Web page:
Building supplier Cashbuild has done something rare in the Covid era. It has increased its revenue by over 20%.
There are, however, some provisos around this rise.
It was only for the first quarter (when measured year-on-year) of this financial year and the group is still coming to terms with the 17% fall in the fourth quarter and the 1% drop in the third quarter of the previous financial year.
The trading statement Cashbuild put out shows a big rise in revenue, but investors will have to wait to see how this translates into profits.
Even so, the 22% rise for the three months to end September is a good sign that the group is in a decent niche in a difficult economy. There has been a lot of talk that building suppliers are seeing an increase in sales because people have taken to sprucing up their homes after being forced to stay in them during the five-week hard lockdown, which started in March.
But is it worth buying its shares?
The group’s prospects look better than most – but with a share price at R231 and a price-earnings (PE) ratio of 19.99, it’s not cheap.
This amounts to shareholders being willing to pay about R20 for every R1 in earnings.
This is relatively high when compared with other retailers in its category; the PE for the general retail index is 12.66.
The main reason for the high PE is the share price spiking in August after Cashbuild announced a R1.075 billion deal to buy The Building Company – which includes the Buco and Timbercity chains – from Pepkor.
This move will see it take hold of 160 stores that generate R8.2 billion in revenue and R154 million in operating profit a year.
Since announcing the deal on August 4, its share price has jumped from R164 to over R231.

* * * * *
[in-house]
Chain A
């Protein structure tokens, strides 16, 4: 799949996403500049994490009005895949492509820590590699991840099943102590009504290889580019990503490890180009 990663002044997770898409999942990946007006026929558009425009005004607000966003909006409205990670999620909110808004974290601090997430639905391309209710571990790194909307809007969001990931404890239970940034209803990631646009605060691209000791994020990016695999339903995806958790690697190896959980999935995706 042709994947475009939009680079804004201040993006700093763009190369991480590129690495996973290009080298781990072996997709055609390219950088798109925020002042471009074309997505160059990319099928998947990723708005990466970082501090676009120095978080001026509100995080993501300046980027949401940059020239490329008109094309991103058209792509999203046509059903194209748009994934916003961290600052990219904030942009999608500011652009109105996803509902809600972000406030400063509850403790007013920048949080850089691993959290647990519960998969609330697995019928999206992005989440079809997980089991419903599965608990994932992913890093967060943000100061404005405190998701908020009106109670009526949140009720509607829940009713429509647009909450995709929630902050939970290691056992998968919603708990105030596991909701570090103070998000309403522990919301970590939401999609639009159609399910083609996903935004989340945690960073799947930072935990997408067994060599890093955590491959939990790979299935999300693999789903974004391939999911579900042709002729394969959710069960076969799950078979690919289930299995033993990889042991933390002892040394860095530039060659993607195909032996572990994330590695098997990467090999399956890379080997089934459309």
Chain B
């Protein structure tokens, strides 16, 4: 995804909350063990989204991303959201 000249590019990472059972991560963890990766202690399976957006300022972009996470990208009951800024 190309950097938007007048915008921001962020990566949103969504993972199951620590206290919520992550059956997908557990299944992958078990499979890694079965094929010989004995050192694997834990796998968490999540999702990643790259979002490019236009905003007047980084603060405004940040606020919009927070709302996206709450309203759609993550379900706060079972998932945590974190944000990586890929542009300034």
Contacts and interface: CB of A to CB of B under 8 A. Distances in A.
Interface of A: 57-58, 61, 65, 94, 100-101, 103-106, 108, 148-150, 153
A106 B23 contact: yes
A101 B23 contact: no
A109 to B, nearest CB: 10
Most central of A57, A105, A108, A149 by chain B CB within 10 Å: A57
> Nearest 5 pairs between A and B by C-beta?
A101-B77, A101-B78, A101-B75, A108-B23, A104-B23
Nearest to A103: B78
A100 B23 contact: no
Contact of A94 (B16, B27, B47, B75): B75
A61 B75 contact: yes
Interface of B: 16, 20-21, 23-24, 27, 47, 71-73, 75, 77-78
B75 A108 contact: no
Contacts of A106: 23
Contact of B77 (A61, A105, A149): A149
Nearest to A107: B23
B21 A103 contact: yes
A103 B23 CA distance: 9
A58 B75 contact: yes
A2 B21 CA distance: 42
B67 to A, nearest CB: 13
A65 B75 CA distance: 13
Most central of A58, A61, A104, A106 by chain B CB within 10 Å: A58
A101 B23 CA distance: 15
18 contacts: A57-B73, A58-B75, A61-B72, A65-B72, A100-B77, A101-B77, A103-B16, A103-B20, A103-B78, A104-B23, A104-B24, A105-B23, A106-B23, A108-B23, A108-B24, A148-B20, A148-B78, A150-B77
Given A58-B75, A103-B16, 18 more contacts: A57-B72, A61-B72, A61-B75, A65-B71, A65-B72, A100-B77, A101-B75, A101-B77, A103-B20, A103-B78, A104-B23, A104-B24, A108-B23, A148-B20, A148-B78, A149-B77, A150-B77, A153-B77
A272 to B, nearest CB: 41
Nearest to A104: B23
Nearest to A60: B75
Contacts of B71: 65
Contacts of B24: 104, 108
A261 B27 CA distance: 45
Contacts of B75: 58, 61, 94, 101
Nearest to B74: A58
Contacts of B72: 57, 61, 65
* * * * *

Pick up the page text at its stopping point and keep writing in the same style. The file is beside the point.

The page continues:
But even before then, the share price was on the move, having risen from a low of R101 in late March.
There are clearly some investors who see Cashbuild as a company on the up, but given the uncertain times we live in and the rallying of its share price, it’s hard to recommend it as a ‘buy’ when judged on its high PE.
It’s not a bad counter, it’s just difficult to make a call on whether there is any more room for a further rise in its valuation, and if an anticipated rise in its earnings can validate a higher valuation.
Then there’s its own admission in its latest results that it expects conditions to be “extremely challenging”. The business it’s buying is also finding its way after two consecutive years of declining operating profit.
What about return on equity?
If the PE is not a helpful measure in deciding whether to buy Cashbuild shares, maybe turning to something like return on equity (ROE) can help. This is a measure of how well a company uses its share equity. The higher the figure, the more efficient a company.
With a ROE of 12.65%, Cashbuild is lower than that of rival Italtile, which has an ROE of 18.16%.
Judging by these ratios, an investor could be overpaying for the company when compared with others in the sector and one of its closest rivals is making better use of its equity.
These ratios are not encouraging but they don’t tell the whole picture.
A big part of making a hold/sell/buy call on Cashbuild is taking a view on how well it can integrate The Building Company into its operations and whether the consumer trend that is seeing more people sprucing up their homes and taking up DIY continues.
So is it worth a punt? In this time of Covid, it’s probably best to wait until the second quarter to see what happens with the merger and whether the consumer trend that has been favouring it continues.
Listen to Ryk van Niekerk’s interview with Cashbuild CEO Werner de Jager (or read the transcript here):